Have you heard of the 'Foot in Mouth Award'? It is awarded by the Plain English Campaign for "a baffling comment by a public figure." The award was first made in 1993, when it was given to Ted Dexter, the chairman of selectors for the England cricket team. Politicians have been recipients of the award more times than any other group of people. The list includes some familiar names. Here is a sample:
Alicia Silverstone - The American actress, star of Clueless, was awarded in 2000 for her comment: "I think that Clueless was very deep. I think it was deep in the way that it was very light. I think lightness has to come from a very deep place if it's true lightness."
Richard Gere - The American actor was presented with the award in 2002 for his philosophical comment: "I know who I am. No one else knows who I am. If I was a giraffe and somebody said I was a snake, I'd think 'No, actually I am a giraffe."
Boris Johnson - He is a regular contender for the prize. He won in 2004 for his comment: "I could not fail to disagree with you less." His second win in 2016 was secured by the unsinkable: "Brexit means Brexit and we’re going to make a Titanic success of it."
Naomi Campbell - The English supermodel picked up the award in 2006 for saying, "I love England, especially the food. There's nothing I like more than a lovely bowl of pasta."
George W. Bush - Bush's award was made during his final year in office as President of the United States (2008). Entitled a "Lifetime Achievement Award", it was given not for a single quote, but for his continued "services to gobbledygook". His gaffes were described as covering a large number of topics, and included comments such as "I know what I believe. I will continue to articulate what I believe and what I believe – I believe what I believe is right", and, "I hope you leave here and walk out and say, 'what did he say?'"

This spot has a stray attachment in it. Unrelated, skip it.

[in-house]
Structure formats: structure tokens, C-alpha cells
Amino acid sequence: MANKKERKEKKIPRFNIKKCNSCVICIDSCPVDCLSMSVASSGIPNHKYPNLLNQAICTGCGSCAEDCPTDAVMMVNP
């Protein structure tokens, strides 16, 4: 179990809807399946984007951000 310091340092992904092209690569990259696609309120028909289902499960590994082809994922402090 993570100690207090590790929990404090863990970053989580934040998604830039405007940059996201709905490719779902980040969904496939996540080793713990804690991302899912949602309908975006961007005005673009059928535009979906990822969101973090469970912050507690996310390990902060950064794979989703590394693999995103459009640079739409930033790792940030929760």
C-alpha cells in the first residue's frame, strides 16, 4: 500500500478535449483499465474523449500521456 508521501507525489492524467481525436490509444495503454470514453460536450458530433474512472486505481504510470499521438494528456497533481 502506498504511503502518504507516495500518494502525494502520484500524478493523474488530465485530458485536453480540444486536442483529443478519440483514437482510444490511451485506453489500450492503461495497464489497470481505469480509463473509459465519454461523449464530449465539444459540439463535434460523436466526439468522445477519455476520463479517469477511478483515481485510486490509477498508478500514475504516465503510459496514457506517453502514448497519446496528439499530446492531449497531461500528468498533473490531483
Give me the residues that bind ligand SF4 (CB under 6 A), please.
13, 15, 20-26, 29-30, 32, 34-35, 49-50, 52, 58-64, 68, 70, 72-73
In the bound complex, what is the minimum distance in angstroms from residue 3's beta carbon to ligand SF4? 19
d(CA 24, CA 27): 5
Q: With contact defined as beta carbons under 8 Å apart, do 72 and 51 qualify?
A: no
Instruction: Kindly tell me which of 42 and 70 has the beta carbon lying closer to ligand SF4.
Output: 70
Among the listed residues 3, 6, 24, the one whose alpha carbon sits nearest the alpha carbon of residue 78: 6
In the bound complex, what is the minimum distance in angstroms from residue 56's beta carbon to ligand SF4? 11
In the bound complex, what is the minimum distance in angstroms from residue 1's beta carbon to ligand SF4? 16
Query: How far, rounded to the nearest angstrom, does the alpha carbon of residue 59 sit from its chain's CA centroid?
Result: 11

Silvio Berlusconi - The former Italian Prime Minister received the award in 2011 for comments such as "I am pretty often faithful", when talking about fidelity in 2006, and describing Barack Obama in 2008 as being "Handsome, young and also suntanned".
Mitt Romney - U.S. Presidential candidate Mitt Romney received the award in 2012 for making gaffes like: "I like being able to fire people who provide services to me" and "I believe in an America where millions of Americans believe in an America that's the America millions of Americans believe in. That's the America I love."
Donald Trump - He was at the time of the award (2015) campaigning for the Republican nomination in the 2016 US presidential election. The Plain English Campaign said that Trump was "unrivalled". In particular the campaign cited his remarks on Mexican immigrants: "They're bringing drugs. They're bringing crime. They're rapists. And some, I assume, are good people." It also cited his remarks on John McCain: "He’s not a war hero. He was a war hero because he was captured. I like people who weren’t captured."
(I heard that every Republican president makes you nostalgic about the previous Republican president. Trump made you feel that Bush was a wise, compassionate guy with a nice sense of humor. Can you imagine a time when you will be nostalgic about Trump? Maybe Trump II?)